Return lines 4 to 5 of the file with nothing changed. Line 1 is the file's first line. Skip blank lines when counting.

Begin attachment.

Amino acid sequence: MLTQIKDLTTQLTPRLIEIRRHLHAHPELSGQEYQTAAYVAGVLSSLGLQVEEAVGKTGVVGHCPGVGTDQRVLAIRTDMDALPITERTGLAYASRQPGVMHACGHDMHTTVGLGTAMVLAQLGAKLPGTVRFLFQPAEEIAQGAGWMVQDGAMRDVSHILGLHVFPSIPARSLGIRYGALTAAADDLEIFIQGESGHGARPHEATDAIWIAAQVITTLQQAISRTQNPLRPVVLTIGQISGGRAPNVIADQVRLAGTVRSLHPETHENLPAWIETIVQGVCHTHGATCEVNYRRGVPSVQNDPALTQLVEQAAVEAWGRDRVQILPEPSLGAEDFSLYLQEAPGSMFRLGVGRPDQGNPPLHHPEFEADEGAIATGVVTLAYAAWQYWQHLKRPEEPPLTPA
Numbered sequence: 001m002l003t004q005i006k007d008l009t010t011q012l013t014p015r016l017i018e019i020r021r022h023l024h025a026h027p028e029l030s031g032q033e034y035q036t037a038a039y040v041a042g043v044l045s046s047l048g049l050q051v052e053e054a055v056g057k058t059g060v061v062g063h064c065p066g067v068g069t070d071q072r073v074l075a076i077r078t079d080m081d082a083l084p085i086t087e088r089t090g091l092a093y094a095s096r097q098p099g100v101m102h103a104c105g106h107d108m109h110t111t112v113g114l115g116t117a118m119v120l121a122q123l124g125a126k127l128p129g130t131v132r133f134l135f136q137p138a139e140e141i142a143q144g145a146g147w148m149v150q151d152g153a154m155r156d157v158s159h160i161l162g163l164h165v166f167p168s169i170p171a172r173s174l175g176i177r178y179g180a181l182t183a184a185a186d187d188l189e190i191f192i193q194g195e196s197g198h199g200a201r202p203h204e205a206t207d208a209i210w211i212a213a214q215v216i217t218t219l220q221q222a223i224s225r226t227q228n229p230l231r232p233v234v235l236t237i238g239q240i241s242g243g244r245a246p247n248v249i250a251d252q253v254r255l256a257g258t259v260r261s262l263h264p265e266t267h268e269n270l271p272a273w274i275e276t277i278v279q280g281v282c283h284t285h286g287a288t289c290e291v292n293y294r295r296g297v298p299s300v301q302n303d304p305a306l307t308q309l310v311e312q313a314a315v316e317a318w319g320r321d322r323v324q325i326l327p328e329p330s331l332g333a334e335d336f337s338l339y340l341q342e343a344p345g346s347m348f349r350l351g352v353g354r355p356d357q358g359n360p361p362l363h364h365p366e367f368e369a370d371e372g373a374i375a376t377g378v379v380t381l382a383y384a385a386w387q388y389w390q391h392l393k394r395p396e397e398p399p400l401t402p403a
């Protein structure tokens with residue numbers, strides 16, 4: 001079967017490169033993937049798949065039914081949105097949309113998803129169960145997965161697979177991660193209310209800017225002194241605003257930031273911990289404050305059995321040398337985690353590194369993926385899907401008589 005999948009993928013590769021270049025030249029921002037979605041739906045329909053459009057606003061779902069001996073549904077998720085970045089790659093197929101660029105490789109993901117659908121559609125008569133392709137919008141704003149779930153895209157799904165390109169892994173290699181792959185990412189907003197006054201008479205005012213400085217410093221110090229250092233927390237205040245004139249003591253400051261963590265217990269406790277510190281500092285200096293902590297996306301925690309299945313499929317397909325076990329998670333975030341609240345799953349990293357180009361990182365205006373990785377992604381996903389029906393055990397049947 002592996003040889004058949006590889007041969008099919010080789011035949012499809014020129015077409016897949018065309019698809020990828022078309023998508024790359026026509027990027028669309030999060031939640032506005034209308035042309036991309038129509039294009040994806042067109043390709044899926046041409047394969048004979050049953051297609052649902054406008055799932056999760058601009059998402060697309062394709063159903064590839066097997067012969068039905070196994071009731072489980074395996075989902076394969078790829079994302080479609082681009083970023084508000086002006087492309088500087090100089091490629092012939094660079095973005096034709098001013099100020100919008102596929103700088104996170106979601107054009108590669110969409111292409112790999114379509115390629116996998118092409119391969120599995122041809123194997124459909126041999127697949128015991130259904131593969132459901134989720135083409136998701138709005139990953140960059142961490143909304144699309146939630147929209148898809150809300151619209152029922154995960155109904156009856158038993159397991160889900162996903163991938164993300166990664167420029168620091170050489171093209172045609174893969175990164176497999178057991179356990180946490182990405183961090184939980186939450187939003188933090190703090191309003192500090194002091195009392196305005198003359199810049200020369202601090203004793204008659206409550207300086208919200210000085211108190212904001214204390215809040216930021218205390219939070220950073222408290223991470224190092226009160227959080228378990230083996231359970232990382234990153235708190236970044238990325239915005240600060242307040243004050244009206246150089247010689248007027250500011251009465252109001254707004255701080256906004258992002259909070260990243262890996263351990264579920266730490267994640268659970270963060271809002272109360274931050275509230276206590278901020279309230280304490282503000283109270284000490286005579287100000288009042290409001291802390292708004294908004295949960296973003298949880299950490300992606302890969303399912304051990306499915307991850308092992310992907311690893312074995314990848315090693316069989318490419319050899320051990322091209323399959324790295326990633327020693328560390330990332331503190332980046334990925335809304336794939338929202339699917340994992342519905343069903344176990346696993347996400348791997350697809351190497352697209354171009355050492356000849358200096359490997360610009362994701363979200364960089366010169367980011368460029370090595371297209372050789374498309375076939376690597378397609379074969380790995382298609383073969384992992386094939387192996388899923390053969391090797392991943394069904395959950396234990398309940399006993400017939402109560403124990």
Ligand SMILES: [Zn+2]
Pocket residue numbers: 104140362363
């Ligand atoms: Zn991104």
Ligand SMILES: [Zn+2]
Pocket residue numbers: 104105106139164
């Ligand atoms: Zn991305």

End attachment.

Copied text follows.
Ligand SMILES: [Zn+2]
Pocket residue numbers: 104140362363